Yes, pizza boxes can be composted if you follow the proper procedures before placing them in your compost bin or outdoor pile. Even if it has some grease or chunks of cheese on it, it’s okay. Just bury the box deeper into the pile to prevent pests.
How to Add Them to Your Composter
- Remove any plastic or wax paper from the interior of the box and any crumbs or loose topping left behind. A little grease or food is fine, but otherwise, you only want to compost cardboard material.
- Cut the box into as many small pieces as you can with a knife or scissors. If you have a powerful paper shredder, you can save time by shredding any non-food or grease sections. In my compost, cardboard shreds break down the quickest and provide a lot of beneficial aeration.
- Add the material to your composter like any other carbon source, making sure the ratio is balanced with the right amount of green materials. If you’re concerned about attracting pests, bury the pizza box scraps deep in the pile’s center.
- Turn or mix your compost every couple of days to help keep heat, air, and moisture levels at optimal levels. This helps break down your compost ingredients quickly.
- Expect any type of cardboard, even greasy ones, to decompose in two to three months. In less than a month, shreds of cardboard in my composters have become unrecognizable.
How Long Do They Take to Decompose?
Several factors influence how quickly a pizza box decomposes. Under optimal conditions, a cardboard box can biodegrade or decompose in about 90 days, if prepared properly.
Consider Putting Them in Green Bins
In the United States, Canada, Australia, and the United Kingdom, green bins are large containers that collect biodegradable waste, food waste, and compostable materials. The city collects the contents of these green bins and composts them to keep food waste out of landfills.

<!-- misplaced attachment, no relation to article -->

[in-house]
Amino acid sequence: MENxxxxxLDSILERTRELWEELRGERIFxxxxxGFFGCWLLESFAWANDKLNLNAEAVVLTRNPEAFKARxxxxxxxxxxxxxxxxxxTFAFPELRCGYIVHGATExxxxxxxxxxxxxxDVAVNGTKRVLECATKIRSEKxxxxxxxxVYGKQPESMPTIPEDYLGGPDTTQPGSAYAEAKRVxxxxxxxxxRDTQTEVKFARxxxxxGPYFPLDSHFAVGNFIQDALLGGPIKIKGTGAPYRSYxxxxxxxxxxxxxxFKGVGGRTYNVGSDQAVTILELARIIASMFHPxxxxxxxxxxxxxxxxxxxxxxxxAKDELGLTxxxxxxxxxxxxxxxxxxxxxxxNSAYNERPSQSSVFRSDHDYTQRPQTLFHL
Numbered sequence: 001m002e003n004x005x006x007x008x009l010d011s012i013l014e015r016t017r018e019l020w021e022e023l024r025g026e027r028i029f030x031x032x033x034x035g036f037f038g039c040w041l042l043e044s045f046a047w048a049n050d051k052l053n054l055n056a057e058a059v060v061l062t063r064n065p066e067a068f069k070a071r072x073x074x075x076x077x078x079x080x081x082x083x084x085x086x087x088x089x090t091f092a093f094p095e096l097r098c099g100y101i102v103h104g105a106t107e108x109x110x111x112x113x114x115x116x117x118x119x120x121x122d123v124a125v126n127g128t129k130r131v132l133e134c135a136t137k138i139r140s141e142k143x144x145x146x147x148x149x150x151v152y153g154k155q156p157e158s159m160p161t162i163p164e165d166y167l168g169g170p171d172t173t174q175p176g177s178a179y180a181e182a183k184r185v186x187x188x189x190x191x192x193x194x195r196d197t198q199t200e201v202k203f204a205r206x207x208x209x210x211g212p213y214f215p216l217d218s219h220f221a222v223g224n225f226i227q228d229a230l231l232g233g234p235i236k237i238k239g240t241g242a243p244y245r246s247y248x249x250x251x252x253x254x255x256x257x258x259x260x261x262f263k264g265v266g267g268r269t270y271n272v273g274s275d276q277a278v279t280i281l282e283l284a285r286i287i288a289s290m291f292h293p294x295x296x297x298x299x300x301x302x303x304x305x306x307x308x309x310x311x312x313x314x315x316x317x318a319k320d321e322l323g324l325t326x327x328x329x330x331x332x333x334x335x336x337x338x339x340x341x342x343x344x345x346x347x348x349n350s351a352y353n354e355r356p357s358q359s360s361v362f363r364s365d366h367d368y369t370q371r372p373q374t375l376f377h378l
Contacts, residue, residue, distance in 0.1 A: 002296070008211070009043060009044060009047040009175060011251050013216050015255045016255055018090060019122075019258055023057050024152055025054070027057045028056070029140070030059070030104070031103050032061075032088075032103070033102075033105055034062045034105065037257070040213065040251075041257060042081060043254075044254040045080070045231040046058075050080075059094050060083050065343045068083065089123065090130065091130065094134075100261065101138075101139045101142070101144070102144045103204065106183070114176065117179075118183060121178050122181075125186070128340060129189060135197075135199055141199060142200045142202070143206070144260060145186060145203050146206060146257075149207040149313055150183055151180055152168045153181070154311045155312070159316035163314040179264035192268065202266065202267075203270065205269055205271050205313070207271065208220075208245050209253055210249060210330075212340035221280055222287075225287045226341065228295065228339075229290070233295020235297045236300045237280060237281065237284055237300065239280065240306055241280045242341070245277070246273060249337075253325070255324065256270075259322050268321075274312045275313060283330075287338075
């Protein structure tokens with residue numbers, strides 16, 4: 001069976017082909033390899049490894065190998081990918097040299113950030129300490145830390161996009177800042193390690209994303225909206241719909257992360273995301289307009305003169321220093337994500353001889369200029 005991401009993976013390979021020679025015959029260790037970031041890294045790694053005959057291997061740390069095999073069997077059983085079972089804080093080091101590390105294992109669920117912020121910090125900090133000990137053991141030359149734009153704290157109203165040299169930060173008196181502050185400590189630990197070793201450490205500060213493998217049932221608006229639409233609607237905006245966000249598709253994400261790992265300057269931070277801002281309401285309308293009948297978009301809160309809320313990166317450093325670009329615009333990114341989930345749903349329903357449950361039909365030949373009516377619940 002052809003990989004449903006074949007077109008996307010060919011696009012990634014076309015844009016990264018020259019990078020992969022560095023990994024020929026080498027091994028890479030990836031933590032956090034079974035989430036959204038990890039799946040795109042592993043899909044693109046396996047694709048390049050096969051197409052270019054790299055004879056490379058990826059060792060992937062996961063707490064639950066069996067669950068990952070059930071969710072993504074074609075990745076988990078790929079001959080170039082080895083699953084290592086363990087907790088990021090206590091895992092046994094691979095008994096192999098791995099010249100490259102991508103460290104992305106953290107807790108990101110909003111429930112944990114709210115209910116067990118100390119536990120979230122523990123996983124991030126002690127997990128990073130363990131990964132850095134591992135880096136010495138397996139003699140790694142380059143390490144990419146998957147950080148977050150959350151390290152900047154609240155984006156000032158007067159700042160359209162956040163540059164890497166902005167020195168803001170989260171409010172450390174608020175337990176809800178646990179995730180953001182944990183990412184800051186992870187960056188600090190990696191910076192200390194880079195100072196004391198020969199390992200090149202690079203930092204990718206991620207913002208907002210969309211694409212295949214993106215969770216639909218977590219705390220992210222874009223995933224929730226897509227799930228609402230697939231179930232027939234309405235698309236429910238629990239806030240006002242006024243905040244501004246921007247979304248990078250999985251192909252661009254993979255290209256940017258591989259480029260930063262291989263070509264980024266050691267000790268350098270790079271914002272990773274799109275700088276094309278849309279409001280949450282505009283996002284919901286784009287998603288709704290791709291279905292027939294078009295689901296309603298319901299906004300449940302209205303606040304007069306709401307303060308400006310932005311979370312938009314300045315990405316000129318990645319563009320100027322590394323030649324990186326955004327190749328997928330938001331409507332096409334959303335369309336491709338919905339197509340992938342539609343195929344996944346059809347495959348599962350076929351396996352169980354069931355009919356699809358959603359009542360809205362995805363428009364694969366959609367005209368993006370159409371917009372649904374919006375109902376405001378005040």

If you don’t have a composter, you can easily throw the boxes in the local green bin.
Pizza Boxes Are Not Recyclable
Contrary to popular belief, pizza boxes are not recyclable.
The issue is not with the cardboard box, but with the pizza inside of it. Oils and grease “soil” the cardboard. Why do oil and grease cause problems when recycling paper products? The answer is straightforward: The paper recycling process requires a lot of water.
Paper is first sorted and washed in a soapy solution to remove dirt, dyes, plastic films, and staples. It is then poured into a large bin and mixed with water to form a slurry. It is then spread out and cut before being released back into the world using large rollers.
Unfortunately, oil and water do not mix. The presence of oil in the slurry can cause it to separate and become lumpy, making the batch unusable.
My Personal Recommendation
If you only eat pizza occasionally, I recommend composting the boxes they come in. If you eat pizza regularly, you might want to just throw away the boxes. All things considered, they take a long time to decompose. Even if you only compost clean, cut-up boxes, they are likely to emit odors and attract rodents and slow down the decomposition process.
If you want to be environmentally friendly and recycle the nutrients from some of your everyday waste, consider using the following instead.
Eggshells are a great source of calcium. Because they can take a long time to decompose, make sure to crush or grind them into small pieces before adding them. Don’t worry if a few small bits of shell are left over in the finished product.
Banana peels are high in potassium and are thus classified as green material. They will, however, attract fruit flies, so make sure to bury them deep within your pile.
The vast majority of vegetable scraps can be composted. Keep them in a bin in your kitchen, and when it’s full, add them to your pile.
If you want to speed up the decomposition process, blend the vegetable scraps—together with eggshells and banana peels—into a “waste smoothie” before adding it to your pile.